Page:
The Psychological Reason Watching Horror Movies Can Be Good For Your Mental Health

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Scream

A weird thing about me is that I LOVE horror movies and I suffer from anxiety. If I see a centipede in my apartment, I’ll be awake all night, fearful that it will somehow make it’s way to my bed. When I worry about something, it’s like I can’t turn my brain off.

So, over the years I’ve fielded questions from well-meaning family and friends who don’t understand why I consume so much horror. I love scary movies, I read all the creepypasta I can get my hands on, I’m obsessed with Stephen King, and I even like to visit scary locations like famously haunted hotels. It seems to go against common sense. If I have a hard enough time with my real life worries, why am I inserting new (fictional) fears into my life? I’ve never known the scientific reason, I just know I love being scared. It’s my favorite form of entertainment.

Well, it turns out there’s a scientific reason horror tends to be relaxing for me and other people with anxiety. One social scientist, Dr. Mathias Clasen, has been studying horror films and mental health since 2001. He explains, “there’s psychological distance when we watch a horror film. We know it’s not real—or at least, some parts of our brain know it isn’t real… The genre allows us to voluntarily — and under controlled circumstances — get experience with negative emotion.”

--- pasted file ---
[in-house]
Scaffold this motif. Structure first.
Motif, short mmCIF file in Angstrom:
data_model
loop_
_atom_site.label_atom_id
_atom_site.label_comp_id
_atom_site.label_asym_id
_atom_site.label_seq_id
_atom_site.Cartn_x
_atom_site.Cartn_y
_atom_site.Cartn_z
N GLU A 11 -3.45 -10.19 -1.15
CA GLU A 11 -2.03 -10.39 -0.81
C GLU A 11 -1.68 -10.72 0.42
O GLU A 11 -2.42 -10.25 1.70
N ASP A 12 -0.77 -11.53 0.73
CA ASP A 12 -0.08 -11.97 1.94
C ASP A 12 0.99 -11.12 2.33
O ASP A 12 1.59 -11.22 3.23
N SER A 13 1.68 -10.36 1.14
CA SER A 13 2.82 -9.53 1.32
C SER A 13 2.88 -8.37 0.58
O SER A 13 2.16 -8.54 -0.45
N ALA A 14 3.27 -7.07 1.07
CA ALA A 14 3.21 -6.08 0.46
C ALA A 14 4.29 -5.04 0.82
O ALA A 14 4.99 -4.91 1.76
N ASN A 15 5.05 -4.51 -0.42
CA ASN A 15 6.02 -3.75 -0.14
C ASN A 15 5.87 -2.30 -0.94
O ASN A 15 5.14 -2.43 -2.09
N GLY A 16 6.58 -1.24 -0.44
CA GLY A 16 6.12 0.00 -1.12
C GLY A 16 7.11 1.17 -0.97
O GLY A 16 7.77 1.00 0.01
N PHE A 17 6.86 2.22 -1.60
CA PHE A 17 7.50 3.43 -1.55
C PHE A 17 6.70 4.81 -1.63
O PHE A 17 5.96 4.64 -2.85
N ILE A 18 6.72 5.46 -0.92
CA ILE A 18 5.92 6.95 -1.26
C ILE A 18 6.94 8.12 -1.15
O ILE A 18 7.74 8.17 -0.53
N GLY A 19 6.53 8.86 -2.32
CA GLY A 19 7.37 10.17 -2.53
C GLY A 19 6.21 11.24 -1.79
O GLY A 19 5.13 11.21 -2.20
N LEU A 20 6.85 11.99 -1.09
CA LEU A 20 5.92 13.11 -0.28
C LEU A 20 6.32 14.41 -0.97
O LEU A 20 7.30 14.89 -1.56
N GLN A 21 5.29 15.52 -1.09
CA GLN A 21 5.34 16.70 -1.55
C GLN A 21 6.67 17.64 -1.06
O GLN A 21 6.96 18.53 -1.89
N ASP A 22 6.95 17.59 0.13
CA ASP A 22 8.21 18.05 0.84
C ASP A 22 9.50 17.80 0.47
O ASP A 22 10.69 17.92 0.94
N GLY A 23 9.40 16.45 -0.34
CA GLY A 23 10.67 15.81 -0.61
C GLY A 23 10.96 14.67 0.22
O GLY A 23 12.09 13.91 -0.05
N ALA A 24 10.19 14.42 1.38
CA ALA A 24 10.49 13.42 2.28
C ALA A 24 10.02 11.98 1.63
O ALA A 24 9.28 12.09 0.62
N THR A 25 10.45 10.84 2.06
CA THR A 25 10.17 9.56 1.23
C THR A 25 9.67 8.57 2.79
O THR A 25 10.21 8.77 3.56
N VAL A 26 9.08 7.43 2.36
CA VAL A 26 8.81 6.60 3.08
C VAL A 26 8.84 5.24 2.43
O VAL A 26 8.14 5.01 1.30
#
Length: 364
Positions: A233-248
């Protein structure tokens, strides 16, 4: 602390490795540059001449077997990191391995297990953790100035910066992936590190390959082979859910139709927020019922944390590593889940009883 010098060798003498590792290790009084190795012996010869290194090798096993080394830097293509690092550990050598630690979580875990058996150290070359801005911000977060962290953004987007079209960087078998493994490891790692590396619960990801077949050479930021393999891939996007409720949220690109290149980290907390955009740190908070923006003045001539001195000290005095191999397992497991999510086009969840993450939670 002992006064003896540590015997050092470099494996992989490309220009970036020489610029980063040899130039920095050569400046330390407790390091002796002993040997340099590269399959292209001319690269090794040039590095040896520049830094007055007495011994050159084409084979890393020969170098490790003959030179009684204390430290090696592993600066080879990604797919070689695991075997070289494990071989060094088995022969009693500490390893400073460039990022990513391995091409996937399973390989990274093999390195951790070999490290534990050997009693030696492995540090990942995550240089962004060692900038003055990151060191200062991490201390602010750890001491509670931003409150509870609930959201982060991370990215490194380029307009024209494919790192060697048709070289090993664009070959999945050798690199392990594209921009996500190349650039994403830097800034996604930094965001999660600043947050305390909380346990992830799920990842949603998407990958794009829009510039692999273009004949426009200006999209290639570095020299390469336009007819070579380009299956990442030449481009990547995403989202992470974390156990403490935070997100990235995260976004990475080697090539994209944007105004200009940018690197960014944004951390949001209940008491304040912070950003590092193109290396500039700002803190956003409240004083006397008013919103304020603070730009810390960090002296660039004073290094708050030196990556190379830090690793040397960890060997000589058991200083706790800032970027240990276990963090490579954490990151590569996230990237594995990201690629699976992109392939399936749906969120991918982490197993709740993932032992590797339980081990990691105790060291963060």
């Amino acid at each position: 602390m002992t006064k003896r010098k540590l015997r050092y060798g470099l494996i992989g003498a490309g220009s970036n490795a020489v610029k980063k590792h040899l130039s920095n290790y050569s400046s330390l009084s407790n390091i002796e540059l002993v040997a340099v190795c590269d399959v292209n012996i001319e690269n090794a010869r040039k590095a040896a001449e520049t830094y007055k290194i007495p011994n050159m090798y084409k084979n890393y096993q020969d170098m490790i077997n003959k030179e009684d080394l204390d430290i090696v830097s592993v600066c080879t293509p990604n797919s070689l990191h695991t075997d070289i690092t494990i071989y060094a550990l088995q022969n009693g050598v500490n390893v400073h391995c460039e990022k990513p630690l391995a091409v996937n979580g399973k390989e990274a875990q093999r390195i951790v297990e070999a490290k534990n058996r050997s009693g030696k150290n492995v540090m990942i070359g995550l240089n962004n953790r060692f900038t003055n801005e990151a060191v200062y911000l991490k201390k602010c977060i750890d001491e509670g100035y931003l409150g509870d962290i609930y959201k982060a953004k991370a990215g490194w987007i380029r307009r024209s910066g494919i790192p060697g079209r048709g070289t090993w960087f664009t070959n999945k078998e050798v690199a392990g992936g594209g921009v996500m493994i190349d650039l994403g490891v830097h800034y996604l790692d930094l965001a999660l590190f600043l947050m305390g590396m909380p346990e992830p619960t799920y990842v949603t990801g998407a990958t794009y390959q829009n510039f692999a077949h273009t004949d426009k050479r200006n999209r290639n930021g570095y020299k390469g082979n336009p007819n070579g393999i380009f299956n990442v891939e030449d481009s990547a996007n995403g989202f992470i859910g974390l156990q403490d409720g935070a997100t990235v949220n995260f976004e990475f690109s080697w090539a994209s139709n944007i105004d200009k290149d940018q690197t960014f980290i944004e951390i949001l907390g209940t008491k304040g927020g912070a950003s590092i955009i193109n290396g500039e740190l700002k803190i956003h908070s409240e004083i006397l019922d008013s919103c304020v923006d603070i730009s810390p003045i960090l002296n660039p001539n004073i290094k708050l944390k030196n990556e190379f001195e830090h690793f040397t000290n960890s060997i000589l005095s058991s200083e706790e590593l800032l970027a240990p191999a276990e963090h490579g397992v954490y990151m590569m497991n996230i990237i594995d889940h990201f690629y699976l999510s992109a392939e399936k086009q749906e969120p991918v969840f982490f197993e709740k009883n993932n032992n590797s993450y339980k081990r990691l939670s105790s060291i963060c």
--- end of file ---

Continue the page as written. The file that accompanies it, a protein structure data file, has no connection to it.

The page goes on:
Experiencing anxiety while knowing, objectively, that we are “safe” gives us practice fact-checking whether our worries are real. The fun is in feeling the psychological and physiological effects of fear while knowing there isn’t any actual danger.

Personally, I find the highs and lows of a horror movie to be relaxing. My anxiety may be heightened at the climax of the plot, but by the time everything is over it almost feels like a post-workout glow. I’m more relaxed than I was when the movie started, or maybe just tired from the dose of adrenaline. Other people who suffer from anxiety have noticed this same effect, and say that horror movies can serve as self-care for them.

Next time you’ve had a particularly stressful week, find a scary movie on Netflix (here’s some streaming right now) and see if it works for you. TC mark

👻 You can read 101 of the scariest (and shortest!) true stories in our new collection, 101 True Scary Stories to Read in Bed Tonight, available here. 👻

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